••Reminiscences of a Wanderer.' By R. C. Bruce. A.B. (formerly M.H.R. for Eangitikei). Whit combe and Throbs, D^uiedj/'-

! much of tho man whoee speech had so impressed me, and whom I had discovered was a great personal favorite- with his fellow-members. One day | happened to be poring over a volume in the Parliamentary Library, when a strong hand was laid on "ray shoulder, and I was turned round. " Do you happen to be- the son of Captain Hoben?" said the owner of the hand.

•' Yes," I replied, and then the hand -came down from the shoulder and was extended with the invitation and intimation : " Put your 'hand there, my boy. Your fathers son is my friend for life,"* and I discovered that my father had been a- paesenger on a Jong voyage in a ship on which Bruee_was rears before. He had not seen him since, but they had been drawn together by a mutual love of physical prowess and a mutual love of the Celt, and though they w»io tiUd nevti to mu' he had ntvei lot his 1 id ind now reco nised tho unborn son from the father whom ho hj d I sown "0 cau 1* foit 1 shiknit, o\ rmru ot hi 111 nm\ I hat v\ is th> pr ludt to mam Dlei^n l - txpenenco with r t Piuc 11 hi ou 11 phoe ind in main it itboi ind to th mm «hoat 1 1 n hh tin bod Ueaun to me a v<i\ ml pei t alitv 111 1 it wis 01 v to 1 ih 0 tho donun nee 1 n us*- h-nc had 111 the fo 1< ml tho iiillu 1100 u i\oul 1 11 \c hj 1 en tho ioiu,h ntti he 11 t licit id bote V man of tiong mtdlectu ihtv and „i«.at laihtv. he had vet 11 \ti cut I tt 11 ss ft 1 hi <t c u ci wiioiaint 1 to th tjinitu dt 1 He hj d induced hitpnents 11m hj 12111 ti en mh t>] i\ 1 riennum iti him i n mnntift it *lt t-c ot 14 or 1 nii bond 'Ol t'e Dutch Judi ird li d- 1 to l tun -j Jut lid lent him than., iu i r on lip to up * 1 \ u tid ht had compi s d the _M)t ai 1 mailed into manv and many a weird corner Bui in pi e 01 his lo v u the im nl foi aiki-s in pitt ot th f(t xtid in kill if 1 ' man n»t 1 1 m athb hj i<l mule him i ihnmpion hij ift 1 lip m th) ■sf-ven -st 1 ut' oi eot th" hnc t quu 4 1 mi teit on the Nn hj Ythntu 11 pitt of hi kn wle 1 t t luiiitui ind 1 sc 1 t ho hj d „hi ). 1 hi- d to the stitn ut V 1 1 tin 11 (lh tl 1- ht nd ii in "ti 1 11 m tl % i 1 1 v ic 11 rd n )-1 1r t 1 ht la ui 1 otl c tin [ 1 1 nut i r then ci " to r 1 I Ud 1 t'l nrlllt 01 I i irh \ n 1 n In th b"I -»< it a' 11 1 ->\i 1 J ' I 111 e 1 Km, on ul 1 1 N IHI 11 \tn°n 1 tit 1 t <i W1 11 li th J u ii H# +tc <t 1 v 1 ii) m\ f' on t 1 id rl h->rh\ ti in ell J 1 tvtn 1 1 ' T Jnt 1 u hj \ b n< \ t 10 1r \ < ti it 11 tit md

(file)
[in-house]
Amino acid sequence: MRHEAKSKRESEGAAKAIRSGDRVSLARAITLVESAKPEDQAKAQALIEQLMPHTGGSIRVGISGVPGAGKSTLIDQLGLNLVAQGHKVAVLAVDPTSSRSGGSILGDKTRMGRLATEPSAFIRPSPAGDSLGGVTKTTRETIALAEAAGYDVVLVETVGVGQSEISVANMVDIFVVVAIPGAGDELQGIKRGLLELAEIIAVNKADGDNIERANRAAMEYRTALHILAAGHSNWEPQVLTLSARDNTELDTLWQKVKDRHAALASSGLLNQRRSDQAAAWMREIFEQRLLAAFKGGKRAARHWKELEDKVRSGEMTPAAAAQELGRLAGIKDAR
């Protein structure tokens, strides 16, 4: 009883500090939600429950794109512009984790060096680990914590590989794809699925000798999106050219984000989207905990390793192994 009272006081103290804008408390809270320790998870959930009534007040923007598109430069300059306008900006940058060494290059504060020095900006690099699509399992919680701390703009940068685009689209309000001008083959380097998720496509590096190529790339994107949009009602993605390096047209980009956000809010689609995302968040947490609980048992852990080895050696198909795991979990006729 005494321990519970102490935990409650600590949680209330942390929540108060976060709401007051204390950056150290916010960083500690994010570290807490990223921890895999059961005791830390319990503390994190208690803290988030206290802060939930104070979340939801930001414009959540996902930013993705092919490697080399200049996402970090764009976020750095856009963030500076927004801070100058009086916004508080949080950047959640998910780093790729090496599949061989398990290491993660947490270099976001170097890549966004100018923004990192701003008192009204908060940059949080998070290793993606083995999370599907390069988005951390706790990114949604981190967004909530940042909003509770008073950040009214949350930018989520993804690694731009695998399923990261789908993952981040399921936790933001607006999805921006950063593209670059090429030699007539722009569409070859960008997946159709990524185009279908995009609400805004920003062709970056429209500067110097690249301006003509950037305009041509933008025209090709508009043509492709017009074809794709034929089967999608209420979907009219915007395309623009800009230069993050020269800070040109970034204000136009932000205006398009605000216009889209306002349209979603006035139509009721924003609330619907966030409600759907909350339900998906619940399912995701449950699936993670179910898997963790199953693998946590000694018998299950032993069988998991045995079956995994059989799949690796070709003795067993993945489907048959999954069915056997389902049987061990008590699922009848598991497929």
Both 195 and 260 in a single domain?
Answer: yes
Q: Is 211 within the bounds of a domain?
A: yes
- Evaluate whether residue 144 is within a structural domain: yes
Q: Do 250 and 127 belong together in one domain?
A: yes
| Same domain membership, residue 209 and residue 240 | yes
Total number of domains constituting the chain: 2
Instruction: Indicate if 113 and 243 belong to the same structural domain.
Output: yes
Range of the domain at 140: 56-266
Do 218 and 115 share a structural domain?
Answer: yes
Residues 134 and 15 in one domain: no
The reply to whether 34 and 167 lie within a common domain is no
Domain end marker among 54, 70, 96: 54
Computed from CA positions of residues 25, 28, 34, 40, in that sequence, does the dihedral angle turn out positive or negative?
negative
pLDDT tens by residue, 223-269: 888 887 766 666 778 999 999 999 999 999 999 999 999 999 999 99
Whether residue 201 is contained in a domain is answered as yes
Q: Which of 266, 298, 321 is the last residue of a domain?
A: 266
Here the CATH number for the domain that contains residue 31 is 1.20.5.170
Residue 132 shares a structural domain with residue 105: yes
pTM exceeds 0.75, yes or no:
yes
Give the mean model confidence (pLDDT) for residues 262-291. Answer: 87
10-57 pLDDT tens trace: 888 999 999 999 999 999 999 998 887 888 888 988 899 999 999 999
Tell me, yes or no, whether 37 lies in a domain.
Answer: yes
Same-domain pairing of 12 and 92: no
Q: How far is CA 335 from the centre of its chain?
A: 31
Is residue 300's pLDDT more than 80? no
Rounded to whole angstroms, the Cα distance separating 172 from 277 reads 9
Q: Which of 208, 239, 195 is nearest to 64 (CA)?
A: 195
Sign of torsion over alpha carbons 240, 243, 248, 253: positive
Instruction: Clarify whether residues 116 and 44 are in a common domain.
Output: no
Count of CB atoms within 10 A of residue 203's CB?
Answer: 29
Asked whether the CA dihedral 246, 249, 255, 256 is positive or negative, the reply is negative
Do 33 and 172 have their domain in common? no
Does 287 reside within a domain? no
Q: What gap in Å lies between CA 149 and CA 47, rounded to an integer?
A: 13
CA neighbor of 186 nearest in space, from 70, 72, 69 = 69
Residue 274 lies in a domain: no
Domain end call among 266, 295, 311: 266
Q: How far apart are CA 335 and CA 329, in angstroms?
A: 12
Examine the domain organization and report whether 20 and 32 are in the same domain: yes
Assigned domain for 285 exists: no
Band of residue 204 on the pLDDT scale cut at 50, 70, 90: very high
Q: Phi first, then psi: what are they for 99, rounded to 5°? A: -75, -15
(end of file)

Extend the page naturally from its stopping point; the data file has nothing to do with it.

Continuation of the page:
1 <! hj md t 11 1 11 1 nl 1h i 1 11 111 nll n hj m d It 1 1 ti 1 hj hj 01 er t 1 in< t 1 in il 11 i 11 in 1 his s 1 1 i 1 H s hj li il L o 1 ltirit 1 ti\ t li 11 it t tl t t 1 1 'in et 1 tt lens 1 1 111 n (,1k loir 11 1 t n 11 it i t pect--lii I ul hj it 1 11 lb 11 u H I 1 1a a si * hj 1 1 th Vi t 1 1 ,_t >n I* l 111 1 iti ui it t tun Tt th 1 1r V 11 Ihut 1 tt t tit vtt dl nit 1 tbv 11 p1 d 11 tt 1 IJI \ 1 1 II 1 1 and \ni t\ 1 vw dhi b 1111I 1 { t ti 111 t fin i i 1 i) 11 t ti d hot iht- t ibi it in. h1 1 id it KIV

II km hi tivoi *c poet lioni <n\ r t-o cover, aiict had entered into their ver heart Riding ovi»r th hill on 1 1 tin 01 TDout tti shoits ot the c\(pii ite \"T lam hit th it 1 it glorv—nm o*" th most beautiful small lakes in the world }i(iiabh —11 as stout to ittite them tt hims b bit nevei did I it ah e whit a run > \ crnld do o mmclH is rit tl while riding with him. We were referrinc; to the effect of any injury 01- deformity on thiittt 1 an 1 hit til I 1 kcrl hil '1 lot 1 li ed th t tin f\i t 1 and I'm oe\ilt v ot Btiin—a gi at t out among his pet poets—were the direct outcome of his ciub-foot and his determination that he would show that ;ii spite of it lie could outdo other men whether as swordsman, athlete, or gallant, which led to the s-.vimming of the Hellespont, the experiences oi Don Juan, and the fatal Greek adventure? And I instanced other famous cases, and other individual cases known lo both of us. And then Bruce, with the remark,